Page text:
Take an old muffin tin (mini muffin pans work well) and add just a drop of food coloring to each tin. For excitement, add a different color to each pot. Cover the color with baking soda - enough of a layer so that your child cannot see the colors. Use a measuring cup or even a pitcher to pour vinegar in each tin. Not only with the baking soda and vinegar react, but each tin will be a different color. When you're done, you can let the cakes dry and use them as watercolors, or add more food coloring to discover how colors are made. For example, add yellow to a cup that has blue in it to get green.
It's never too early to start teaching about density!
- To prepare, choose four different liquids such as water, oil, vinegar and milk.
- Add food coloring to each (this just makes it easier to see and is optional).
- Then have your little one pour each liquid into a clear cup and watch to see what happens.
- Ask him what he thinks is happening and explain how some things are 'heavier' or 'more dense' than others. The liquids at the top are less dense, and the ones at the bottom are more dense.
- You can follow up with a bathtub session on things that float. (The floating things are less dense than water.)
Encourage your little one to collect rocks. When you get home, sort them into like types. Introduce her to the types of rocks, but encourage her to find ways to classify based on color, size, shape. The great thing about this activity is that you can reorganize your collection any time you want for a new sorting activity.
There are so many things your little one can learn from building a block tower. Use any kind of blocks that you have, and encourage her to build a tower as high as possible, until it falls over. Once it falls over, ask her if she has any ideas on how to make it more stable so she can build it higher. One idea to try is to make the base of the tower a little wider. However, there are a few possible answers to this one.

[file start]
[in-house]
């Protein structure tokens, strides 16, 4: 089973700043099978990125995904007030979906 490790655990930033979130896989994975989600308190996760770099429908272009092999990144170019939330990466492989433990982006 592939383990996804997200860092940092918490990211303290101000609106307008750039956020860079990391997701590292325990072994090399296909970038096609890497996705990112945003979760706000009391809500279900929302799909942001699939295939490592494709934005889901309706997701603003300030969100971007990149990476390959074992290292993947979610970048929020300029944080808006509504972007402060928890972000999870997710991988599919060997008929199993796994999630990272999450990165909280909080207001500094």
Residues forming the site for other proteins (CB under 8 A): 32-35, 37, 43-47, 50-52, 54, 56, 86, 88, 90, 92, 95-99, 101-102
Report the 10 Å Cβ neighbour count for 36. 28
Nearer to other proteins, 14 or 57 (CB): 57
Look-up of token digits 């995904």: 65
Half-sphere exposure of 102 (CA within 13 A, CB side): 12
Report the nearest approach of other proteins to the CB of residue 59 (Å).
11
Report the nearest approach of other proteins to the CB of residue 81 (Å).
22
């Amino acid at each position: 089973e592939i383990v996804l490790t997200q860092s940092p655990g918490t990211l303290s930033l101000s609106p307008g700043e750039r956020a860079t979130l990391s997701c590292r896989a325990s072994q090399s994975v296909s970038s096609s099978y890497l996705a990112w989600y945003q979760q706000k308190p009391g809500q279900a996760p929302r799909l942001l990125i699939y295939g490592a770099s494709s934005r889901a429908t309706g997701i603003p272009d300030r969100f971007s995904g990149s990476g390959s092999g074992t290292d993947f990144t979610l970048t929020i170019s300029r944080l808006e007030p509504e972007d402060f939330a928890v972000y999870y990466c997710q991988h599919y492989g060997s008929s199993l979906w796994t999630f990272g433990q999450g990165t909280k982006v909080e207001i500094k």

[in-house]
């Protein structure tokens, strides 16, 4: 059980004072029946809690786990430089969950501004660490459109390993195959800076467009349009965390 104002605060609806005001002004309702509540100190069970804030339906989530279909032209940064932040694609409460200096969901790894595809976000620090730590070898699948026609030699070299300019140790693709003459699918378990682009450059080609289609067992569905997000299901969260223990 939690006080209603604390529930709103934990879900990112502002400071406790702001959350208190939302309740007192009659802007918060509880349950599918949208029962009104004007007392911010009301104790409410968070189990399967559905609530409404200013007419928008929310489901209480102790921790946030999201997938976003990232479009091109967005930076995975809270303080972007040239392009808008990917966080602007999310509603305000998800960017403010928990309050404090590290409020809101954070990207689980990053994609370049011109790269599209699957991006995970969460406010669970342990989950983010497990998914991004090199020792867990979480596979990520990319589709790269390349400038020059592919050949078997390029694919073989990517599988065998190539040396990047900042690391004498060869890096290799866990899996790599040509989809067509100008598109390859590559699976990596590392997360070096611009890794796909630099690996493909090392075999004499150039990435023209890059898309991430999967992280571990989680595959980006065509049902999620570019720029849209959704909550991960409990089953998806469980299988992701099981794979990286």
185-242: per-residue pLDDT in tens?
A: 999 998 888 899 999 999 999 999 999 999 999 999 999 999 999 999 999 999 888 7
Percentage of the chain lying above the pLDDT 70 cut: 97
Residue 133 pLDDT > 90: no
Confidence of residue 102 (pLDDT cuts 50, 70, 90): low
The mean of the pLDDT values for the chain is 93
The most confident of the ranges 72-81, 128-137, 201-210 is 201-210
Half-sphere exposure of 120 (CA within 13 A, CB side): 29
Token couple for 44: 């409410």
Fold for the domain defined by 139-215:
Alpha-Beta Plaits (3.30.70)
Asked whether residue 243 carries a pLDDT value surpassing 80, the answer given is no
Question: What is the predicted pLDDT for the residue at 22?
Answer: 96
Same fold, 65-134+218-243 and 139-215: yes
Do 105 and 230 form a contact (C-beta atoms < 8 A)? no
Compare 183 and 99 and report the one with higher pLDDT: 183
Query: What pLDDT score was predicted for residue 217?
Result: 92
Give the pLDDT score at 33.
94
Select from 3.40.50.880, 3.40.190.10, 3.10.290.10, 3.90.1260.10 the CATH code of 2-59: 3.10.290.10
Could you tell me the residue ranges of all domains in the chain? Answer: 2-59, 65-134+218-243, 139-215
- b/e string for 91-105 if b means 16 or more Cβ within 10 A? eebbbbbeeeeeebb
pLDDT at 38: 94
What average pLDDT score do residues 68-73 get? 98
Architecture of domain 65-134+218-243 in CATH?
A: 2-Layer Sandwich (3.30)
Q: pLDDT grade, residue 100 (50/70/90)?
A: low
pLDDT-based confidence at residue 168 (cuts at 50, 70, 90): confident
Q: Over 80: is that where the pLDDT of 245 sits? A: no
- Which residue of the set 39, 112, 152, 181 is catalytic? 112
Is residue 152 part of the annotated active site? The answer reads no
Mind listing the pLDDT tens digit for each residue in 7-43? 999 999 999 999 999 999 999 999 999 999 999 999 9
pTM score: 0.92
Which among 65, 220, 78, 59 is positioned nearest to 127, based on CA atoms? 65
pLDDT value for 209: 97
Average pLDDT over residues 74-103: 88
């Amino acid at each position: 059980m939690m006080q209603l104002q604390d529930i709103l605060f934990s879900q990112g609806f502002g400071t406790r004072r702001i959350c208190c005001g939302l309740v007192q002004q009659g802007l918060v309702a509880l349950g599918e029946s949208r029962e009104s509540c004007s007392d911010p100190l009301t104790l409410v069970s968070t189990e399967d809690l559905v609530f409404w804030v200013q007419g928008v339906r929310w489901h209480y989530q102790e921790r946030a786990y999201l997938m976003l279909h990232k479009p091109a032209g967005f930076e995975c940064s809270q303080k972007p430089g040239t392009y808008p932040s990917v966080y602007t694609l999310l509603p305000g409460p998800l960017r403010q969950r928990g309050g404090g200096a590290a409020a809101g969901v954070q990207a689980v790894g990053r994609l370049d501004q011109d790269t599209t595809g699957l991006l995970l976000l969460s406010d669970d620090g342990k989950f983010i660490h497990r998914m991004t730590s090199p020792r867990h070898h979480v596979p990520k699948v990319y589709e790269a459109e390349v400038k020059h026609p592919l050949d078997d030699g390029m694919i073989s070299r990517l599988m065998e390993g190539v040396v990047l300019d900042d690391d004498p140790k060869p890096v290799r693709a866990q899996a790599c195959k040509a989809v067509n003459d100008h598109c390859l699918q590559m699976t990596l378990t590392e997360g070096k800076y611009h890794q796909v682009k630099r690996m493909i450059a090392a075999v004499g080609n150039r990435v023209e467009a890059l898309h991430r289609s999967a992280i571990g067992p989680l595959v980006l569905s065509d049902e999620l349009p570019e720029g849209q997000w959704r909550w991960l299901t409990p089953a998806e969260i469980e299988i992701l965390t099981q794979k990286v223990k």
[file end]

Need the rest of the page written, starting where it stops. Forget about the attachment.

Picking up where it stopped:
Marshmallow and Pretzel Shapes
Make three-dimensional shapes come to life by encouraging your child to build a pyramid, block or even a dome with his snack! You might have to make one to demonstrate. The best part is, after it's all done, you can eat your project.
Go out and get a large package of Red Solo Cups or similarly sturdy plastic cups. Challenge your child to build a big pyramid. Then encourage him to knock it down. For an extended activity, rebuild the pyramid several times and then knock it down starting in different places. Make note with your child what happens to the whole structure based on where you start knocking it down.
Salt and Ice
To prepare for this activity, use a clear plastic cup and freeze some water. You may consider freezing several cups of water. When the water is fully frozen, have your child observe what happens when you pour salt over the ice. Try pouring it just on one side or right in the middle. Make sure to ask what happens. Consider using a thermometer to test the temperature of the ice water after you've added salt. You can follow up this activity by making homemade ice cream.